The Arts and Humanities Research Council (AHRC) has awarded £300,000 to the Institute of Railway Studies and Transport History, a joint initiative of the University and the NRM, to undertake the study. It will culminate in a major new exhibition opening in 2011 at the NRM.
Researchers will examine three critical periods in railway history spanning more than a century, to understand how rail companies developed commercial cultures that sought to build their markets and promote rail travel to the public.
They will focus on:
oca 1872-85, the railways’ ‘Ryanair’ era when the numerous private companies decisively shifted to a low-margin, high-volume business model that required them to build markets
oca 1923-39, a period of intense competition with road transport in which the ‘Big Four’ rail companies successfully engaged in a wide range of initiatives to maintain passenger level
oca 1965-77, the first post-Beeching era of the nationalised railway when British Rail in competition with the new motorway network, became one of the most widely recognised brands in the UK
Working with the NRM’s vast collections, the researchers will analyse how the rail companies were ahead of their time in using branding, aspirational marketing and corporate image-building, to further their businesses.
The project will culminate in an exhibition in a purpose-built gallery at the NRM, opening in late 2011 and running for at least 12 months. Key elements will then be incorporated into the museum’s permanent exhibitions, as part of the planned refurbishment of the NRM’s Great Hall.
Much of the project material will continue to be available to the public in Search Engine, the NRM’s new archive and research centre. The research project will also involve a series of academic papers and conference presentations,
Colin Divall, Professor of Railway Studies in the University’s Department of History and Head of the Institute, said: “I am thrilled that the railways’ role in developing modern patterns of travel will be so much better understood thanks to this study of the National Railway Museum’s wonderful collections of marketing material.”
The York grant is part of the AHRC’s £3.2 million Museum and Galleries Research Programme which is helping UK museums, galleries, archives and libraries to co-produce high quality research with universities, enabling them to better interpret and present their collections to a wider public.
David Garner | alfa
New players, standardization and digitalization for more rail freight transport
16.07.2018 | Fraunhofer-Institut für System- und Innovationsforschung (ISI)
A helping (Sens)Hand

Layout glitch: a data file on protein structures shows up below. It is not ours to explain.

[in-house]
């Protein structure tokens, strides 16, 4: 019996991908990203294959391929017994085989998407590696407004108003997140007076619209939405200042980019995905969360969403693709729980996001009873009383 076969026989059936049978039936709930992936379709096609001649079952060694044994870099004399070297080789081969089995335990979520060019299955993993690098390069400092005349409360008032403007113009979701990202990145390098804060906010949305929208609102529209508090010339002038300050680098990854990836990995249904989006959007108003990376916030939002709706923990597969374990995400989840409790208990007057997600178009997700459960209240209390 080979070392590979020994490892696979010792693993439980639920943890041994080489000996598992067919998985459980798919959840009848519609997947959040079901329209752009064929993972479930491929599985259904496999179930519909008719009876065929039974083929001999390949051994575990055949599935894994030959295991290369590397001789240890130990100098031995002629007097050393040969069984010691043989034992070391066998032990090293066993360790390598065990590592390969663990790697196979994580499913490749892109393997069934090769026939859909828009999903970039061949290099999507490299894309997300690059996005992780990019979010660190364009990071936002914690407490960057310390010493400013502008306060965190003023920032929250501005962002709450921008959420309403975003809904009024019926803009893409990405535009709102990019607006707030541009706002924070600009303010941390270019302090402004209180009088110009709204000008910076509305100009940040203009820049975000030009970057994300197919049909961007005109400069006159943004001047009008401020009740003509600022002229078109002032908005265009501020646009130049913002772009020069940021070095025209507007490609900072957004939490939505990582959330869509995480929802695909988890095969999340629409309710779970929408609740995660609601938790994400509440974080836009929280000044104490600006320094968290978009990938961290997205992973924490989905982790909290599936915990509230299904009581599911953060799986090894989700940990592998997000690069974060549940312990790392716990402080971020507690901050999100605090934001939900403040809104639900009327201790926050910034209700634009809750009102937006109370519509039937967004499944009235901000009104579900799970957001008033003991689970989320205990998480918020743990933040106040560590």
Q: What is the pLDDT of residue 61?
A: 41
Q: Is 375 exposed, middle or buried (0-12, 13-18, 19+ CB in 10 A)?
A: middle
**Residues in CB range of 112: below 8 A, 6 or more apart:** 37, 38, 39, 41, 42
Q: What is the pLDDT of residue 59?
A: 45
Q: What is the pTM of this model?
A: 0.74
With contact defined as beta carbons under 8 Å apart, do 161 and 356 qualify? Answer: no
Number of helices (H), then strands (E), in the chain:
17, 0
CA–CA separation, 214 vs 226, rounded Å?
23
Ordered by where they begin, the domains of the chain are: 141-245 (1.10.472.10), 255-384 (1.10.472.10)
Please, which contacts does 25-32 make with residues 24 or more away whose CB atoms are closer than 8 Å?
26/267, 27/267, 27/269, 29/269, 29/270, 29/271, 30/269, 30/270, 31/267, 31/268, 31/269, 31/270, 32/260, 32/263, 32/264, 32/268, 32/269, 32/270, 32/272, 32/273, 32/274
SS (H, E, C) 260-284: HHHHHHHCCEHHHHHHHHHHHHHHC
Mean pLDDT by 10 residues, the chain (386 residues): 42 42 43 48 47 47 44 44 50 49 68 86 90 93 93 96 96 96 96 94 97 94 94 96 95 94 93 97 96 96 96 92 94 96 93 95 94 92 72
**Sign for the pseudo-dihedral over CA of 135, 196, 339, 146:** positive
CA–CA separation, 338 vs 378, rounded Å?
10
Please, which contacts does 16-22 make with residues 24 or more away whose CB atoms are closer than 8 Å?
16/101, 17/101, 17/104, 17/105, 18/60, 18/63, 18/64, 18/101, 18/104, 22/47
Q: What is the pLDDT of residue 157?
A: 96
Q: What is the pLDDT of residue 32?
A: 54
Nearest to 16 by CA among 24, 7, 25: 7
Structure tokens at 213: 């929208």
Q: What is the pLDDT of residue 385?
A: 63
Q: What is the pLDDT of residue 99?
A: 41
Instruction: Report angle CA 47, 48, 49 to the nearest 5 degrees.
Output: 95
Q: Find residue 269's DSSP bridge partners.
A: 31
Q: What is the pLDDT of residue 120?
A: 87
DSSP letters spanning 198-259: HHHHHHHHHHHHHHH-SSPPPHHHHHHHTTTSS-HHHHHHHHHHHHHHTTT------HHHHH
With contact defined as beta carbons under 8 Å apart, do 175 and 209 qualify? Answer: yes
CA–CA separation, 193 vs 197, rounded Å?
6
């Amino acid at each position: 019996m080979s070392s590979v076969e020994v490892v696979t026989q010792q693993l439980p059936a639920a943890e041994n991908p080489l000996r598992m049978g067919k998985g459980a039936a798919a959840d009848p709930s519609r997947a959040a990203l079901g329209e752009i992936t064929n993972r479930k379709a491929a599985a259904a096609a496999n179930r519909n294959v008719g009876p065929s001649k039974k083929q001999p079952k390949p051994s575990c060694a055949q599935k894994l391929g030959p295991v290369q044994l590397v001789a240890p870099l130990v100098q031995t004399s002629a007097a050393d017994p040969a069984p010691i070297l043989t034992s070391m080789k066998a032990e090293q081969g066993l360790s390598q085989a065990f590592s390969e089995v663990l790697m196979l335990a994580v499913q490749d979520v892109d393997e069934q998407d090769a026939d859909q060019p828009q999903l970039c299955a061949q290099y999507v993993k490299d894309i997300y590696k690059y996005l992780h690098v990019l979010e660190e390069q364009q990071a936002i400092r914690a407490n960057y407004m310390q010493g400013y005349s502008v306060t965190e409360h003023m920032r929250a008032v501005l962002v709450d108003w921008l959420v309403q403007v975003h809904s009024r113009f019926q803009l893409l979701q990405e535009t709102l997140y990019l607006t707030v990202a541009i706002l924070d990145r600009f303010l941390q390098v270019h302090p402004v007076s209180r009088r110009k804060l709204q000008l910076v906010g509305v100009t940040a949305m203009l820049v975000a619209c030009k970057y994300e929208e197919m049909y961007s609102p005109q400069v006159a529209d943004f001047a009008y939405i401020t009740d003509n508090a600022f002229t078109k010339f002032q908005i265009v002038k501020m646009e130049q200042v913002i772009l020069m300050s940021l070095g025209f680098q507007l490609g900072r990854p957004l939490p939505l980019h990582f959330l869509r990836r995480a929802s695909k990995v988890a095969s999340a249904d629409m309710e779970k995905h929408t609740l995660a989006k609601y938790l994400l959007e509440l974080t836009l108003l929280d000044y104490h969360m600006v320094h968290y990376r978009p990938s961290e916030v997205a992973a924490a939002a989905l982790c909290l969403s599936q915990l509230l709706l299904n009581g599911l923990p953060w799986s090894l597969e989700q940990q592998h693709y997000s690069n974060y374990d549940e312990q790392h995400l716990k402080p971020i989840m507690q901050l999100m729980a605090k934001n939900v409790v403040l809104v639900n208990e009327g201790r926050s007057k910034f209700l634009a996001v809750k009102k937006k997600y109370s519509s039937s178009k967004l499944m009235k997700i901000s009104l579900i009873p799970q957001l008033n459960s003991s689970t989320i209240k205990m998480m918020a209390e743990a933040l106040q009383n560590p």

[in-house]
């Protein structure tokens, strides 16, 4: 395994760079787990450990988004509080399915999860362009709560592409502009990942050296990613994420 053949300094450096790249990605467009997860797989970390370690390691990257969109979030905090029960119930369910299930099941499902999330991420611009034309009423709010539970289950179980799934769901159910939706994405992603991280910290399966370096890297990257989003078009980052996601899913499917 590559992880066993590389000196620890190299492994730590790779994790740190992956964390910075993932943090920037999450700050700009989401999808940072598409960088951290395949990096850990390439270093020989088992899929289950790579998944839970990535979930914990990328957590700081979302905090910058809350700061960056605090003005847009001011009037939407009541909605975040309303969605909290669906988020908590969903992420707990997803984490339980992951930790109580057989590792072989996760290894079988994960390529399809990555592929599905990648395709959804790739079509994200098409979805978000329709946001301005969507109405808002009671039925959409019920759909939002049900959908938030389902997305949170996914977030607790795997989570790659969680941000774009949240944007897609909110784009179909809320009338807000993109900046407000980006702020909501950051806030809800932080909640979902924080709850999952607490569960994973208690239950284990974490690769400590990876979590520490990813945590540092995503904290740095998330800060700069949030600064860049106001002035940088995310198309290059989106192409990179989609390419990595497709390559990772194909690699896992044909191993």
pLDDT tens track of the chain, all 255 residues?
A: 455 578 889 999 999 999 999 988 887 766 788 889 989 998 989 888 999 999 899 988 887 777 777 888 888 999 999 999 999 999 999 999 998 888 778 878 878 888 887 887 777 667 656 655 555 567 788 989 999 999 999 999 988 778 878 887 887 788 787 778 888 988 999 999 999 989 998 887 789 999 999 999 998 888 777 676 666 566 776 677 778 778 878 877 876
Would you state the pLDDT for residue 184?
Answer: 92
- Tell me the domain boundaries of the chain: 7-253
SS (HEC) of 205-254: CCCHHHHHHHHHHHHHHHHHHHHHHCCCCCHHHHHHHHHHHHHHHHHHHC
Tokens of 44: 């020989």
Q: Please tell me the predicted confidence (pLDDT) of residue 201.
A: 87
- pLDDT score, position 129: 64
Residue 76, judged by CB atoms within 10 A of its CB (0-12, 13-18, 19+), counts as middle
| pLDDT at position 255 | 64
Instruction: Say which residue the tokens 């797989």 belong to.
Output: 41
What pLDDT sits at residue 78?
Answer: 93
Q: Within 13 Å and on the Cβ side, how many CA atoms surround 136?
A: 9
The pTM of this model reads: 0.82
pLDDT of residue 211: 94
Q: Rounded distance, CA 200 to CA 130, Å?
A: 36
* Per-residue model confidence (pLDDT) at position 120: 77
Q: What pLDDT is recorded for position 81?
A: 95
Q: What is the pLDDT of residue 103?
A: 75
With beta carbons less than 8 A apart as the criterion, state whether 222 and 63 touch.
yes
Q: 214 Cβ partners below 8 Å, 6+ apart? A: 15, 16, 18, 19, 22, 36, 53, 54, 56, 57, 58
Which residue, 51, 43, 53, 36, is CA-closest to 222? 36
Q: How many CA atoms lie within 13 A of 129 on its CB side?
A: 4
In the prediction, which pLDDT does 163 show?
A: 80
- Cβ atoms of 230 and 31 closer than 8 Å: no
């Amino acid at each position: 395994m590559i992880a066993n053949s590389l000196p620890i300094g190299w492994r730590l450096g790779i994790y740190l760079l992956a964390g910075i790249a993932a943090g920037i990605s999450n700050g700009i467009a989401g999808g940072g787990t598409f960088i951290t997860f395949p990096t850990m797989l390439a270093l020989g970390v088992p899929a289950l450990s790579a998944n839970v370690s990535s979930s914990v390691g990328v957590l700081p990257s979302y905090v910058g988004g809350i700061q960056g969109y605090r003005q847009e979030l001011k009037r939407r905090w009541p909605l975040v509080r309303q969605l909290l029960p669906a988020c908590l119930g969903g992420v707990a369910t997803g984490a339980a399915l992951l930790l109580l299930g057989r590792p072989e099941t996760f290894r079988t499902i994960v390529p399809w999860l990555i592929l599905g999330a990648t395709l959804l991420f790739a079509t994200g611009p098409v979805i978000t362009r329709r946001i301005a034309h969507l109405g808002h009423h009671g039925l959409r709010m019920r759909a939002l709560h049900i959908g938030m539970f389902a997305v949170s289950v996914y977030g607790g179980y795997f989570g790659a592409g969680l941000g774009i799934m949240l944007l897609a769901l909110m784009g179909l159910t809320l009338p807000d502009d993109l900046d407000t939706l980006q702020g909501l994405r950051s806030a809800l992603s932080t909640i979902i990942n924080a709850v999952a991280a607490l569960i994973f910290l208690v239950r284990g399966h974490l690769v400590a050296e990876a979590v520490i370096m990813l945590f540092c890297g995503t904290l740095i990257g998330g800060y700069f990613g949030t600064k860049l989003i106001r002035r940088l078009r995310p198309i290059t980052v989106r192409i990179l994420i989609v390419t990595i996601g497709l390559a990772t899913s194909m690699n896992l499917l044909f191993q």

11.04.2018 | Fraunhofer-Institut für Arbeitswirtschaft und Organisation IAO
Max Planck researchers revel the nano-structure of molecular trains and the reason for smooth transport in cellular antennas.
Moving around, sensing the extracellular environment, and signaling to other cells are important for a cell to function properly. Responsible for those tasks...
Researchers at the University of New Hampshire have captured a difficult-to-view singular event involving "magnetic reconnection"--the process by which sparse particles and energy around Earth collide producing a quick but mighty explosion--in the Earth's magnetotail, the magnetic environment that trails behind the planet.
Magnetic reconnection has remained a bit of a mystery to scientists. They know it exists and have documented the effects that the energy explosions can...
Biochips have been developed at TU Wien (Vienna), on which tissue can be produced and examined. This allows supplying the tissue with different substances in a very controlled way.
Cultivating human cells in the Petri dish is not a big challenge today. Producing artificial tissue, however, permeated by fine blood vessels, is a much more...
Faster and secure data communication: This is the goal of a new joint project involving physicists from the University of Würzburg. The German Federal Ministry of Education and Research funds the project with 14.8 million euro.
In our digital world data security and secure communication are becoming more and more important. Quantum communication is a promising approach to achieve...
On Saturday, 10 November 2018, the research icebreaker Polarstern will leave its homeport of Bremerhaven, bound for Cape Town, South Africa.
19.11.2018 | Event News
09.11.2018 | Event News
06.11.2018 | Event News
20.11.2018 | Life Sciences
20.11.2018 | Life Sciences
20.11.2018 | Physics and Astronomy